Despite her earlier reservations in previous episodes, Thorne’s allegiance flip-flops  through the finale. At one point she believes Beale, and then at another point, she believes in Okafor’s cause. In a slightly cliche scene, after Rick and Pearl nearly fight to the death, an angered Michonne stabs Pearl. “Love never dies.” she proclaims. What should be a touching moment, baffles me as to how that dialogue got through the editing room.


In a setup reminiscent of Jennifer’s death, Rick and Michonne have rigged the Summit to explode the remaining chlorine gas cans and take out three thousand of the frontline forces. Using Beale as an undead distraction, Pearl is cornered. At her end as the thousands of now undead soldiers close in, Thorne does one last good deed and hands Rick her gas mask.

Beale mentions that the CRM is national, but also global. He has sleeper agents all around the world, including children. We never get to see Portland, Iris Bennett (Aliyah Royale) who was heading there with her friends to warn them about the gas.

We never see Silas Plaskett (Hal Cumpston) as a CRM soldier, undercover and now doing Mallick’s job as Jadis’s favorite. We never even see Mason. There is one mention of Daryl in the show, though viewers were disappointed that Rick was written to just gloss right over it.


It is no secret that The Walking Dead: The Ones Who Live has had an interesting fanbase (also known as a fan base) on social media to say the least. It is really advised dear reader, not to get involved with things called fan ship wars or arguments and to just enjoy the show for what it is. These shenanigans are nothing new to the franchise as a whole and should be taken with a grain of salt.

They are receiving Rick Grimes (who left his hand behind in a symbolic but not practical moment), and a reunion with Michonne and their children. Judith Grimes (Cailey Fleming) now seventeen, and RJ Grimes (Antony Azor) now eight/nine run to their parents. RJ finally meets his father whom he calls “The Brave Man” and in a moment of familiarity and nostalgia, Rick tips back his old Sheriff’s hat on RJ’s head and tells him to call him ‘dad’.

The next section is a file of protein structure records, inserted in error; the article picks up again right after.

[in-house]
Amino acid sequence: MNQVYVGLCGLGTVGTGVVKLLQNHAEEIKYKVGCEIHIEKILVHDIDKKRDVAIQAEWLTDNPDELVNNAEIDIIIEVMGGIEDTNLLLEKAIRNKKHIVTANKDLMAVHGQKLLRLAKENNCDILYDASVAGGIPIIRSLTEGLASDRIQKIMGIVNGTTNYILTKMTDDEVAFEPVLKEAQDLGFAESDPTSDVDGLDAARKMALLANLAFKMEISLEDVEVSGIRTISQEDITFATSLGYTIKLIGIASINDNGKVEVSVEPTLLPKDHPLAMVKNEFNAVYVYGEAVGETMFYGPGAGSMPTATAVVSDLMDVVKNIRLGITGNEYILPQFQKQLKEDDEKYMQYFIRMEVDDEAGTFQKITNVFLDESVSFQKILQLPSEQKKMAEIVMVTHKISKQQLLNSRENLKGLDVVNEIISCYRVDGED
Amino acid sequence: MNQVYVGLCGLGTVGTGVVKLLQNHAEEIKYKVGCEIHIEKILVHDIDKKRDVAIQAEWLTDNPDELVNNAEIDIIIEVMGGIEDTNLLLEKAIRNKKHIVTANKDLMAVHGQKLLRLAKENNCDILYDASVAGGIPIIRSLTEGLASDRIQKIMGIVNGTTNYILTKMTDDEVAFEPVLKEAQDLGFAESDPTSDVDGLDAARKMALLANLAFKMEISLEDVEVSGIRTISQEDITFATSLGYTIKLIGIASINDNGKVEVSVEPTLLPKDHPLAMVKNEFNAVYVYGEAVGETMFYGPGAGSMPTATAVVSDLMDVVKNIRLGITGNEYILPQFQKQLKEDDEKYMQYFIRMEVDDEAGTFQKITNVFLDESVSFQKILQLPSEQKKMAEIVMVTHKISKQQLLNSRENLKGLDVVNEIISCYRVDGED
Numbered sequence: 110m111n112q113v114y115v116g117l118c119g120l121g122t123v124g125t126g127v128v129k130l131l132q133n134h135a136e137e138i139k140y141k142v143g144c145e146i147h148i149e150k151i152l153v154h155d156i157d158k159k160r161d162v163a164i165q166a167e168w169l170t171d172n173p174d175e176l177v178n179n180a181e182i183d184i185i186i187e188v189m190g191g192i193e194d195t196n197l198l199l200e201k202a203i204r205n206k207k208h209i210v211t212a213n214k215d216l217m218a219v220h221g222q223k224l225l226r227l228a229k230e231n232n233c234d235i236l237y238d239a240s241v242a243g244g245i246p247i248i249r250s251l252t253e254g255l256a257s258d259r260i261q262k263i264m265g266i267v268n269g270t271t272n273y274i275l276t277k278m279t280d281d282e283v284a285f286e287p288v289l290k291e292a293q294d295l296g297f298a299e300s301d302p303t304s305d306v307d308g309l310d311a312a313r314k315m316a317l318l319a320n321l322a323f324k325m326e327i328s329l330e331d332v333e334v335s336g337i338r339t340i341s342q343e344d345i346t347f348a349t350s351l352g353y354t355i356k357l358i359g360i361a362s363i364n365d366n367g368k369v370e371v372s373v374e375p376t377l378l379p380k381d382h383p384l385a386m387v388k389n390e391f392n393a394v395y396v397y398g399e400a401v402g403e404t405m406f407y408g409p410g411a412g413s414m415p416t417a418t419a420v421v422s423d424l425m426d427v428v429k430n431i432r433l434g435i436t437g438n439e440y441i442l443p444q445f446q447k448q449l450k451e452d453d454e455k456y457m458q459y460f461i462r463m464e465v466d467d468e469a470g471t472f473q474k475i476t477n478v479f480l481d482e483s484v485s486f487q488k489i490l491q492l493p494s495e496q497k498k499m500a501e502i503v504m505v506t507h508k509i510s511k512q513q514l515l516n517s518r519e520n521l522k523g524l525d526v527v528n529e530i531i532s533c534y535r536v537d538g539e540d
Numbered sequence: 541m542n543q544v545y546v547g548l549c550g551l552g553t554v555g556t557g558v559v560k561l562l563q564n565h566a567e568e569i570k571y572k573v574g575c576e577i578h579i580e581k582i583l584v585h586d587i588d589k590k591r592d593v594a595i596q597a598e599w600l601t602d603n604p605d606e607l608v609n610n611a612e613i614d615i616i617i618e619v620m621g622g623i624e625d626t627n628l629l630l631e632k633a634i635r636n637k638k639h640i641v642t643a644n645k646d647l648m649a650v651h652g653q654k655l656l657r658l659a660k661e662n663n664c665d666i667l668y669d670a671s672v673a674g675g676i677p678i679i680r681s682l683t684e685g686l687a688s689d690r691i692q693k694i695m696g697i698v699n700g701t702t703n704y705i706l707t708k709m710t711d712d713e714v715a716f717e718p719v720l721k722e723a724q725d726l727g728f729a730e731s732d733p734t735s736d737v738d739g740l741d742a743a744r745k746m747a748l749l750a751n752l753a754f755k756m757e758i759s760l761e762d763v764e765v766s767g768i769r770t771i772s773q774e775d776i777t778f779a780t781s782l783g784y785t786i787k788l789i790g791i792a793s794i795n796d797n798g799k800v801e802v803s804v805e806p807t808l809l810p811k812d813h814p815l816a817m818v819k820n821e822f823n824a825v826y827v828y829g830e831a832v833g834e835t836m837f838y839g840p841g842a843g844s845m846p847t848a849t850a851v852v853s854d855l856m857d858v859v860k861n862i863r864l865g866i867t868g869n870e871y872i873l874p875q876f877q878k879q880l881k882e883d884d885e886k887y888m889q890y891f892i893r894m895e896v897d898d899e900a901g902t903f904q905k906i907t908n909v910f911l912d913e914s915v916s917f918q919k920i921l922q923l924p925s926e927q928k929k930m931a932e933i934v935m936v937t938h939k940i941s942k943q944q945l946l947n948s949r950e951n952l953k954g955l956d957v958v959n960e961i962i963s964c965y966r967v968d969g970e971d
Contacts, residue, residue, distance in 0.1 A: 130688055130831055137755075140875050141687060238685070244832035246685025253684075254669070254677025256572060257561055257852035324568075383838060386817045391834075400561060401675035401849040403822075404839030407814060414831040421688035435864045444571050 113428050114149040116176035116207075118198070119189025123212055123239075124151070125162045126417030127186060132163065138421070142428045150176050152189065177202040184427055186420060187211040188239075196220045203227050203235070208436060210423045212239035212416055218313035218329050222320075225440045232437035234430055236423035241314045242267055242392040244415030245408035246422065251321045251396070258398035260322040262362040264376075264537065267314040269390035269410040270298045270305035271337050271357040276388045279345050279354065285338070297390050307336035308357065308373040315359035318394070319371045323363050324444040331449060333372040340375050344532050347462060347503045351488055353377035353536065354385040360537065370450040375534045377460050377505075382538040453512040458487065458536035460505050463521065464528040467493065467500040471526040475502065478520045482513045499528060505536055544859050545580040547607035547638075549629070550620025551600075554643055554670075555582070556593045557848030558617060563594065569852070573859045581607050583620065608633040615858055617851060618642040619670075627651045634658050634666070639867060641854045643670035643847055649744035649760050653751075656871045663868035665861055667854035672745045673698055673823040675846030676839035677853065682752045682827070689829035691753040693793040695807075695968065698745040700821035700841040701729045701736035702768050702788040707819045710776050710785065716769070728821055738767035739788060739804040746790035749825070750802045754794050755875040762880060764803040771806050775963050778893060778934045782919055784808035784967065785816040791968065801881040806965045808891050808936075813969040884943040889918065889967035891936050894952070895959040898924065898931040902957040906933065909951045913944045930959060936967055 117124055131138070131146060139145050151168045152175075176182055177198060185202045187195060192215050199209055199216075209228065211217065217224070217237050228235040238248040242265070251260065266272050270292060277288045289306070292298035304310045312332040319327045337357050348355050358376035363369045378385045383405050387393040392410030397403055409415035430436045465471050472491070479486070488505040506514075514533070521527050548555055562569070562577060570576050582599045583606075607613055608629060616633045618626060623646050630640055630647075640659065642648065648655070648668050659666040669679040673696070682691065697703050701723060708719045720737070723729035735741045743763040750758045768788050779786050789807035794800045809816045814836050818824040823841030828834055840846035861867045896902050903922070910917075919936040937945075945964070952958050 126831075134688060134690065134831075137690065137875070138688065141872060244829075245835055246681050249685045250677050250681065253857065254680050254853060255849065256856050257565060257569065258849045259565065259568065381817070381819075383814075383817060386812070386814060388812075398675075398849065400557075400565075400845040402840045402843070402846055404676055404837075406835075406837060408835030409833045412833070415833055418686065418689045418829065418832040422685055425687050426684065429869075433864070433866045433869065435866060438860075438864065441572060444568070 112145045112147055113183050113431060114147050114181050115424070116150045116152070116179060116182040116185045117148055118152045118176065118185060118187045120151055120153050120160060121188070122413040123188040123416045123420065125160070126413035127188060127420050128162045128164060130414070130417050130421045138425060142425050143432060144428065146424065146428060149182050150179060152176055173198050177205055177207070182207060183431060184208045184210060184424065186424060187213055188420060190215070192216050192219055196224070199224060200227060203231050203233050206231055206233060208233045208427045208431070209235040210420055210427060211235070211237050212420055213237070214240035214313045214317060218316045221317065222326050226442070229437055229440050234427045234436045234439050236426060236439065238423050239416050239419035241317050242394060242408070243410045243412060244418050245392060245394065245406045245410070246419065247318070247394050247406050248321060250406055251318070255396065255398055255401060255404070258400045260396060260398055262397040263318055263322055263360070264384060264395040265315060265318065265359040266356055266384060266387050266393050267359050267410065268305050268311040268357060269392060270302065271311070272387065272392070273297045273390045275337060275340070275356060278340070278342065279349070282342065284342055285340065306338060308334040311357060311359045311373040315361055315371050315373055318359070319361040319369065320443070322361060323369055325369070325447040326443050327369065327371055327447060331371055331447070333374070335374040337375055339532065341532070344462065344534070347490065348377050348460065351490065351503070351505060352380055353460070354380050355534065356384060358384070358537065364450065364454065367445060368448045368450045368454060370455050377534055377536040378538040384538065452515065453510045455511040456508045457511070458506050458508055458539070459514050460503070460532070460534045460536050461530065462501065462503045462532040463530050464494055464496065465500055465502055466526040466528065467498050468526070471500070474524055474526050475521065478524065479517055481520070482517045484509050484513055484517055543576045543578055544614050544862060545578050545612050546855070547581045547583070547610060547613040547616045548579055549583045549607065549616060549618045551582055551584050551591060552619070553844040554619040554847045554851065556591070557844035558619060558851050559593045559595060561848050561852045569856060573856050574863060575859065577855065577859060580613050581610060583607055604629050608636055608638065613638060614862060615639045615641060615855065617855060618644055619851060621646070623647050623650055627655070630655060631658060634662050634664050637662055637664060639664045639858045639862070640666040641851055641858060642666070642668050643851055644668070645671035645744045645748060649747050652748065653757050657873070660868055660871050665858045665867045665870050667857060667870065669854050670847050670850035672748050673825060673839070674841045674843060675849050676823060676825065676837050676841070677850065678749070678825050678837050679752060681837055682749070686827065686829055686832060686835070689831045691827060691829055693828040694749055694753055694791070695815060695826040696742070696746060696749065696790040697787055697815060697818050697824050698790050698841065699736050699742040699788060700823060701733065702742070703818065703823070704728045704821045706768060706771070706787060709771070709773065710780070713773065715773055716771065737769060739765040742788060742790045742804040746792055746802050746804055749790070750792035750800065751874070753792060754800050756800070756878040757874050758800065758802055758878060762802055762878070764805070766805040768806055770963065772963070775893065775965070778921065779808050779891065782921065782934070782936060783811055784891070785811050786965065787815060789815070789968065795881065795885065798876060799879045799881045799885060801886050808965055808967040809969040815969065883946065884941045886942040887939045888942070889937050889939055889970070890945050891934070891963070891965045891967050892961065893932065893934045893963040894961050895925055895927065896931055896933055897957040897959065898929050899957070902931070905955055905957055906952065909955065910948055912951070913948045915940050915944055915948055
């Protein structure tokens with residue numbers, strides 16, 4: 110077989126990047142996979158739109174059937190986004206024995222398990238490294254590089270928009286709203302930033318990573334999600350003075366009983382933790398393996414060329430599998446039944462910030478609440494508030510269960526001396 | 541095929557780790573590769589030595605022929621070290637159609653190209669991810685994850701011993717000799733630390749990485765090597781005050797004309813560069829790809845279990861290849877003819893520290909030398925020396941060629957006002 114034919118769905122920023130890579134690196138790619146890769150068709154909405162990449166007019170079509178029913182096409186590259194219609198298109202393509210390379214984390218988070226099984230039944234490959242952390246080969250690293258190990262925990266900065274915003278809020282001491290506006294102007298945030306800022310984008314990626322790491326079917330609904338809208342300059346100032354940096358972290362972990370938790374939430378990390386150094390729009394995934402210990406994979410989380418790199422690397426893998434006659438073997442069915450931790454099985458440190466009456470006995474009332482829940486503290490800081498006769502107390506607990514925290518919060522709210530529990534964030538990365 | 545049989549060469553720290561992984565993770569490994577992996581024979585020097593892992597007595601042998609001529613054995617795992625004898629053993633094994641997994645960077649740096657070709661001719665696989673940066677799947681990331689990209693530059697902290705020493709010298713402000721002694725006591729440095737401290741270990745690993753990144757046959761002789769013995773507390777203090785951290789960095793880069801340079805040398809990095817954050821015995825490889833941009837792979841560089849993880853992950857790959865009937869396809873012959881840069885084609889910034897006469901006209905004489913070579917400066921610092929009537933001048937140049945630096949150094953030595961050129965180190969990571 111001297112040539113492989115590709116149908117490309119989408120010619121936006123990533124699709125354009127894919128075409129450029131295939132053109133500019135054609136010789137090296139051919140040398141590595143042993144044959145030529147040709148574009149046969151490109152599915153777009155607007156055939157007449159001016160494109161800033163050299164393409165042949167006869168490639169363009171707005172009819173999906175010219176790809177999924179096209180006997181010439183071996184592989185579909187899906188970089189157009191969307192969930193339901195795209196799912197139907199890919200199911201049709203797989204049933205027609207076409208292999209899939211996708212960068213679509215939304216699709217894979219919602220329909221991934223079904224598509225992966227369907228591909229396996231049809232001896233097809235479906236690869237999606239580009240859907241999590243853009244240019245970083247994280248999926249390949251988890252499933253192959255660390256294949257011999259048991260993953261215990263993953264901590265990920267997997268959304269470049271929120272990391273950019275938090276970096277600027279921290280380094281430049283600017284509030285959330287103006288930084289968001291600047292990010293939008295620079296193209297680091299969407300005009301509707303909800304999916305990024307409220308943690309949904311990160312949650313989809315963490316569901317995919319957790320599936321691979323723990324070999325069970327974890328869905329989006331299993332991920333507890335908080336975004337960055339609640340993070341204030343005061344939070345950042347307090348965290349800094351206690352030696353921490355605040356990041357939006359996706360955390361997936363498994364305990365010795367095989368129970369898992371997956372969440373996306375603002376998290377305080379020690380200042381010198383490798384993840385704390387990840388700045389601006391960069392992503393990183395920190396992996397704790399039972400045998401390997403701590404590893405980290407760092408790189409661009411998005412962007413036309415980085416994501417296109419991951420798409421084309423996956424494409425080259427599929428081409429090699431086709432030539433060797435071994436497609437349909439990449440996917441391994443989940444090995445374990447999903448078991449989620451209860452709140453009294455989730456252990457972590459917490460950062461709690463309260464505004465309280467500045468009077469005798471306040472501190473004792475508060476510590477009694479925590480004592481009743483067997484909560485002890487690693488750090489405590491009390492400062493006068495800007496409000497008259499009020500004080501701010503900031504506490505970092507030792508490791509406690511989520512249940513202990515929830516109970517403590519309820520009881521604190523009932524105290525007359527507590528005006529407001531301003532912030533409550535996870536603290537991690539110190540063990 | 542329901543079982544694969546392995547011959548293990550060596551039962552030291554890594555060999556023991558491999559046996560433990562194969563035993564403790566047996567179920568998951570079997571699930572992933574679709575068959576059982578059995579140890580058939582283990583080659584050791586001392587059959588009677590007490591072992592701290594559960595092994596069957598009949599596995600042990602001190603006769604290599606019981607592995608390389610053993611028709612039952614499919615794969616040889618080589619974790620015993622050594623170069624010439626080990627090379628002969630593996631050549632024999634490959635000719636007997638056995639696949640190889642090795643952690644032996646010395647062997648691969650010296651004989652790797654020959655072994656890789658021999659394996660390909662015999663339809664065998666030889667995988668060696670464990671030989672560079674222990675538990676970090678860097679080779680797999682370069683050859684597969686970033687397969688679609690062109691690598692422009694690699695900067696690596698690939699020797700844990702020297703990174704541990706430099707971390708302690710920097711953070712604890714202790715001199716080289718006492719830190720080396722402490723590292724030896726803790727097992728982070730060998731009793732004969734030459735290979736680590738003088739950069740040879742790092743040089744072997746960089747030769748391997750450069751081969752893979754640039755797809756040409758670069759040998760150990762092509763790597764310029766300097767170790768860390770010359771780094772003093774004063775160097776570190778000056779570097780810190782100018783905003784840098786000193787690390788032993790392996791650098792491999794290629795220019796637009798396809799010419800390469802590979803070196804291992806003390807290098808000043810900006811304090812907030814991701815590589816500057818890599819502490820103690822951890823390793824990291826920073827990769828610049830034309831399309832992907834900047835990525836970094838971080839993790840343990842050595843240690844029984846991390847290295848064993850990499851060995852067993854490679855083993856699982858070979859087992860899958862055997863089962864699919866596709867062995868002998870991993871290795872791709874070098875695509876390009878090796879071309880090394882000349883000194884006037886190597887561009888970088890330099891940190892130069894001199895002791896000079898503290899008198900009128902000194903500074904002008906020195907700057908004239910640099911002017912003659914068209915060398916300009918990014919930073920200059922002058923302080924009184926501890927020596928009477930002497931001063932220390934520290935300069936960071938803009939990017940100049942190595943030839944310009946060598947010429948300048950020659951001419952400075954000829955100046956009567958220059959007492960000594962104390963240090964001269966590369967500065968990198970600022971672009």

Overall, the ending was sweet. Danai’s writing in episode four was absolute fire, but this journalist could definitely do without all of the sex scenes and plot holes. I love the character of Pearl, I love how much Matt Negrete dug into his long complex creation of Anne.

I loved how he added in World Beyond because that was the show that gave us this one in the first place. The reunion was sweet, the marriage proposal was sweet. the humor. The grit. In my opinion, episode five was the best of this series.

It brings us back to the original The Walking Dead with a slow-build, intense action scenes and gruesome deaths. Does a show have to have lots of action, gore and deaths to be good? No. And The Ones Who Live at the very core, is a love story. However, I do think the CRM could have lasted longer as the facility has floor after floor of various freight supplies and secrecy. While that is a giant explosion, it is unbelievable that it took out everything.


While it could be, I would prefer it stay just one season. Despite the rushed plot, the lingering ‘what if’s’ and the wasted potential of some supporting characters, it really seems like this is as far as they should go.

Rick is happy with his family which is exactly what the longtime viewers wanted. The CRM has opened their doors to civilians and the public and done away with their military, and everyone can live in peace again.

While there is room to expand further on Rick’s plot line, work with the CRM and bring in new and old characters–I believe we need to take a beat and enjoy the confusing and complex world of The Ones Who Live.


We really never get a lot of answers to a lot of things, never mind these things. Echelon is very short-lived but is not exclusive to Rick. Beale mentions he has briefed people many a times, but never one of Rick’s caliber. We also have zero information on Heath or PPP.

What is even more bizarre is the odd subplot that reads like a video game side quest, in that of the specific children shown in the briefing slideshow. Are they gifted? Are they like Hope or even Laurent? Could they be victims to harvest a cure from? What on earth is even going on? 



Lorette Magazine
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About the author: Katie Harden is a professionally repped New York-based/bi-coastal musical theater, entertainment journalist, and indie film actress. She is proudly part of the Actor’s Equity Association and frequently interviews colleagues, friends, and celebrities, along with reviewing television and movies. Find her at the bottom of a can of Arizona sweet tea or in the ocean!

Work: AMC, Showtime, HBO, The Emmy’s, The Walking Dead magazine, MGM, Universal, Sony Screen Gems, Fansided, Bloody Disgusting, and more.